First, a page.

Each of the user devices 114 can be a computing device with a processor and memory that can execute instructions. In addition, each user device 114 can be a device with internet connectivity that may send or receive data from the internet. The user devices 114 can be interconnected within the local network 124 by the networking device 122, which can be a router that is configured to forward data packets between the local network 124 and the IP network 120. Thus, the networking device 122 connects the various user devices 114 in the local communication network 124 and enables their access to the IP network 120. In various embodiments, the local communication network 124 can be a local area network (LAN), a wide area network (“WAN”) or a network comprising components of both a LAN and a WAN.
Within the local network 124, at least one of the user devices 114 is a device from which a user can send a resource-accessing request to the service provider system 116 (hereinafter referred to as a “requesting user device”). The requesting user device 114 can be, but not limited to, a personal computer, a server computer, a portable computer, a laptop computer, a personal digital assistant (PDAs), an e-Reader, a cellular telephone, an e-mail client, a tablet or another mobile device. In some embodiments, the requesting user device 114 has Global Position System (GPS) capability or other location-determining capability. For example, the requesting use device 114 can transmit cellular signals that enable triangulation to its approximate physical location. One or more of the remaining user devices 114 are connected to the same local network 124 as the requesting user device 114. For example, if the local network 124 is a residential home network, the remaining user devices 114 can include a thermostat, a smartphone, a tablet, a computer, a security camera, a lighting system, etc. In some embodiments, one or more of the remaining user device 114 are directly connected to the requesting user device 114.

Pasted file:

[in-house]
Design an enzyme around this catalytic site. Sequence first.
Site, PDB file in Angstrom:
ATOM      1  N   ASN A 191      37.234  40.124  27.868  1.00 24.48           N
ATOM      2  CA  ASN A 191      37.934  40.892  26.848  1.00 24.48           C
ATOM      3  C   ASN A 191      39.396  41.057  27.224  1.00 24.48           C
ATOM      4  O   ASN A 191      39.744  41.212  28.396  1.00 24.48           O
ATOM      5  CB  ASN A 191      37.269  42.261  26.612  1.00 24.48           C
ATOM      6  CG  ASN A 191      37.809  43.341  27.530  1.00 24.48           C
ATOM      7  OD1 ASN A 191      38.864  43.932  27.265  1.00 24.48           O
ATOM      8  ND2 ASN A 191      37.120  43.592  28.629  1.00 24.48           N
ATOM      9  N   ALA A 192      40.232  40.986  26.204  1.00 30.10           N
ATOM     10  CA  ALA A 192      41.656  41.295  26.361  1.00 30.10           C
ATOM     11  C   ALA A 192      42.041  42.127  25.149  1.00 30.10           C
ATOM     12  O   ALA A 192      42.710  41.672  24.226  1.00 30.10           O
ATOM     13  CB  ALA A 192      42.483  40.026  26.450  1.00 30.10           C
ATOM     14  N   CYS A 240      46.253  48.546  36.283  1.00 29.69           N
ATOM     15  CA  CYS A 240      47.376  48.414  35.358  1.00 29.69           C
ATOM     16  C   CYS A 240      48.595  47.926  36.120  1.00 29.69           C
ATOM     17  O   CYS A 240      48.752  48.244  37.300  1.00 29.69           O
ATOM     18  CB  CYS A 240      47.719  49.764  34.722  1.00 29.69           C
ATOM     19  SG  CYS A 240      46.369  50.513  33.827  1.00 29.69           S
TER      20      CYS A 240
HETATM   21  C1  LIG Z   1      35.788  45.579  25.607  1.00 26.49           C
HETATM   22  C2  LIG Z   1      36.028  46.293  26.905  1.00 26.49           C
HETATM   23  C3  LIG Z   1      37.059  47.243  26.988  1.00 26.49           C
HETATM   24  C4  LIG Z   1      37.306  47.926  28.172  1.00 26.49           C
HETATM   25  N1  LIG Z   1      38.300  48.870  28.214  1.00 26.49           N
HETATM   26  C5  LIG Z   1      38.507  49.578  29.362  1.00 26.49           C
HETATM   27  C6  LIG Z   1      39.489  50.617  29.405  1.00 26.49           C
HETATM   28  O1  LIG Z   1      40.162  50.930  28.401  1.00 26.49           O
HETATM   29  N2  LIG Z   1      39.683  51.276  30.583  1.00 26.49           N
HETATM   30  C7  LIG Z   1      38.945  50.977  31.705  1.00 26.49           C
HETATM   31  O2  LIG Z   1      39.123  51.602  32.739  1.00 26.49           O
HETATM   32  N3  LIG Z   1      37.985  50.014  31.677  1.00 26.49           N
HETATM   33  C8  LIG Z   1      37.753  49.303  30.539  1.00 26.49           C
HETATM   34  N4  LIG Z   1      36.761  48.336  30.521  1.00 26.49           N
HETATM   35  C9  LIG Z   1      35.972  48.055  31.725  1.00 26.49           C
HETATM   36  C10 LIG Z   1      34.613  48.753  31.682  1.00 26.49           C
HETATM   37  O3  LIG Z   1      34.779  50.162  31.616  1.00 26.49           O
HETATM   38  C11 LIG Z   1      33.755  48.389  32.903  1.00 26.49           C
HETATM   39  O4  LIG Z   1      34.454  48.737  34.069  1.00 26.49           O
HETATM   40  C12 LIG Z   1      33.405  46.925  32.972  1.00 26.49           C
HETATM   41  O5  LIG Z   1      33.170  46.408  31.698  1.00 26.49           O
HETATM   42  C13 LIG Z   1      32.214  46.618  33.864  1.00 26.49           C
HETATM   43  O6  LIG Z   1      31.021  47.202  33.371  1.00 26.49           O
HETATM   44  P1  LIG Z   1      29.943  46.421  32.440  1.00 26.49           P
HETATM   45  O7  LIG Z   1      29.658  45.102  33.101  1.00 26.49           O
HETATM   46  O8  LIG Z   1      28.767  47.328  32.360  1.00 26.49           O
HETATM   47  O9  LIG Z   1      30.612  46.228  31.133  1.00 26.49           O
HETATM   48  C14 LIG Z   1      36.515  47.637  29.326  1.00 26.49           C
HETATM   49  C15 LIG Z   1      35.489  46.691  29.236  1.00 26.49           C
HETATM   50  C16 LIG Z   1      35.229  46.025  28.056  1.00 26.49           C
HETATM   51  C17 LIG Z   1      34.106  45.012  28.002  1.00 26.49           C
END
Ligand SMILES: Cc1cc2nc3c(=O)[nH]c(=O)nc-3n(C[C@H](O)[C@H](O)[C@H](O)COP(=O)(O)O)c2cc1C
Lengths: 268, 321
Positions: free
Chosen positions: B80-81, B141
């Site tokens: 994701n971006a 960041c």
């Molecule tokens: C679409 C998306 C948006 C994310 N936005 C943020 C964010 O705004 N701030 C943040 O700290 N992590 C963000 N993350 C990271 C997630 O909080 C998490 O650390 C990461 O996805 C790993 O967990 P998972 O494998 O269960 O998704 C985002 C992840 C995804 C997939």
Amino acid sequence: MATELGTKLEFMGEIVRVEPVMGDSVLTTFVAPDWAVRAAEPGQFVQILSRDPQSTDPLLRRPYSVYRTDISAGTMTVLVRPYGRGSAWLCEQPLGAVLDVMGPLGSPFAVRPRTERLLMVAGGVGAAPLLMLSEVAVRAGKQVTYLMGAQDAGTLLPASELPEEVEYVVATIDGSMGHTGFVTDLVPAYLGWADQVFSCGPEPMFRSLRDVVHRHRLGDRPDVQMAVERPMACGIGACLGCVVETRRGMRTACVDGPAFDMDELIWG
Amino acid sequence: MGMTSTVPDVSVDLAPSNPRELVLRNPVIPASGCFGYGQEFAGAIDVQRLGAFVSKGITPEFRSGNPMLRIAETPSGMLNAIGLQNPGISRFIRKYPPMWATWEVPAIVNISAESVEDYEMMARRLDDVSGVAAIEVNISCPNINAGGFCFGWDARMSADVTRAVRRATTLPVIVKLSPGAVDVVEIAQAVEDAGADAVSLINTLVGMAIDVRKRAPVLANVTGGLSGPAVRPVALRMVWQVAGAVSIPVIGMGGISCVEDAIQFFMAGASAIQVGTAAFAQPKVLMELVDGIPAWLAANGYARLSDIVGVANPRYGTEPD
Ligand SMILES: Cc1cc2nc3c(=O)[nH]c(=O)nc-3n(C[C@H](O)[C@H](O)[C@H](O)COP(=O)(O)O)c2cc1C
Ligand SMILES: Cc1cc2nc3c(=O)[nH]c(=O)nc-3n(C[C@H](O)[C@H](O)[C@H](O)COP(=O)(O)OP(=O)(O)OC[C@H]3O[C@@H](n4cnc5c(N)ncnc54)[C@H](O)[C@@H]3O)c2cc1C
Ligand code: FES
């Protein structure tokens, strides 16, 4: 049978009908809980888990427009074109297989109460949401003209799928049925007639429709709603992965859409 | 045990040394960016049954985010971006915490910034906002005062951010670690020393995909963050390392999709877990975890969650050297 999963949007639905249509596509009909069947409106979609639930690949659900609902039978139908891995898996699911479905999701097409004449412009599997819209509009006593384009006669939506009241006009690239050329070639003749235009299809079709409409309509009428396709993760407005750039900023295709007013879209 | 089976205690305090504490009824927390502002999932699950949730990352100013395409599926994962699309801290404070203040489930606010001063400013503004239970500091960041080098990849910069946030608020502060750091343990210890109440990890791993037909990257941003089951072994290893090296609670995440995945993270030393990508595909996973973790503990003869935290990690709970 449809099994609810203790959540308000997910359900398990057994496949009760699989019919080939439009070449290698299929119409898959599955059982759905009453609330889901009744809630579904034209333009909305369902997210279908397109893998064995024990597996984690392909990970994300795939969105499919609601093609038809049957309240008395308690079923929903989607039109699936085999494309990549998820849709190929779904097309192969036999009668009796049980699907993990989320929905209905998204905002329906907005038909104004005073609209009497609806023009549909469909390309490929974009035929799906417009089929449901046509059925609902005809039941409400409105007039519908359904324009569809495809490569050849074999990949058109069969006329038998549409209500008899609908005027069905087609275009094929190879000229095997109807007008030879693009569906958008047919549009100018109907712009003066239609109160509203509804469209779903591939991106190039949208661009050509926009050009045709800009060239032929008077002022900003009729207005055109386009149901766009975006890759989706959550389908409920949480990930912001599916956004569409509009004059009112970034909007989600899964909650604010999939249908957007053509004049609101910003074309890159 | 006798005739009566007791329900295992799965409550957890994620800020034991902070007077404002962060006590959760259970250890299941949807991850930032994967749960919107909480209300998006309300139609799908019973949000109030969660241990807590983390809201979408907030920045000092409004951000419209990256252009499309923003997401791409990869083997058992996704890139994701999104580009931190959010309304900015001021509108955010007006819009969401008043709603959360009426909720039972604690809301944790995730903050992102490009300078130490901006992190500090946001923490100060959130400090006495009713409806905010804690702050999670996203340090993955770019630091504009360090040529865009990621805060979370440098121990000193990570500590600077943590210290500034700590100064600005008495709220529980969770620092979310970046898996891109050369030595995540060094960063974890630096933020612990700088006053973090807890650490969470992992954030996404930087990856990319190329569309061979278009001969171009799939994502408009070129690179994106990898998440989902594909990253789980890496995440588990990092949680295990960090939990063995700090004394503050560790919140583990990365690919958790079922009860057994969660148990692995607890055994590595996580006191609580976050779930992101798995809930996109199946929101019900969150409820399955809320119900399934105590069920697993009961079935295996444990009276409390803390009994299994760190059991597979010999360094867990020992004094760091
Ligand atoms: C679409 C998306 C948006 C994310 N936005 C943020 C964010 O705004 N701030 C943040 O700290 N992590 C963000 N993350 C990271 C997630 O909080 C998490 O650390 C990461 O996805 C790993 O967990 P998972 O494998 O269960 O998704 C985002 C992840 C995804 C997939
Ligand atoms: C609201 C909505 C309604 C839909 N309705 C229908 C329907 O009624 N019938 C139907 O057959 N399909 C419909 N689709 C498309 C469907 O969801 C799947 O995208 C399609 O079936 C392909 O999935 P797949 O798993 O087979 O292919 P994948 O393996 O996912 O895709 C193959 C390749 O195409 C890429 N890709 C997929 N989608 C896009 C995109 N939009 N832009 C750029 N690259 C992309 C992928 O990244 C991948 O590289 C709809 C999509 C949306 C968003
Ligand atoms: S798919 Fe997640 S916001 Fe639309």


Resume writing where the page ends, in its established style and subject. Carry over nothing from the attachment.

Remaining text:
The resource provider system 116, upon receiving an access request from the requesting user device 114, is configured to interact with the authentication system 118 to first authenticate the user prior to allowing the user access to the requested resource. For example, the resource provider system 116 can interact with the authentication system 118 over the IP network 120 (or a different communication network) to authenticate the user. The IP network 120 thus provides connections among the local communication network 124, the resource provider system 116 and the authentication system 118. In various embodiments, the IP network 120 can comprise a local network, such as a LAN or WAN, the Internet and/or a cellular network, or any other type of network known in the art. In some embodiments, the authentication system 118 is integrated with the resource provider system 116. In some embodiments, the authentication system 118 is managed by a third party external to the resource provider system 116.
Generally, the requesting user device 114 can transmit pertinent data to the resource provider system 116 for authentication purposes. The data can be used by the authentication system 118 to authenticate the user. For example, the requesting user device 114 can transmit information related to the request, which includes at least one of a user identifier, a passcode and/or an identification of the resource(s) requested. The requesting user device 114 can also determine the approximate time period the request is made and forward the time period of the request to the authentication system 118. In some embodiments, the time period of request is a fuzzy time period recorded as “early morning,” “morning,” “around noon,” “early evening,” “evening,” “late night,” etc. In some embodiments, a combination of two fuzzy time periods is used if the time of request is on the border of the two time periods. In some embodiments, the time period of request can also indicate the day of the week the request is being made.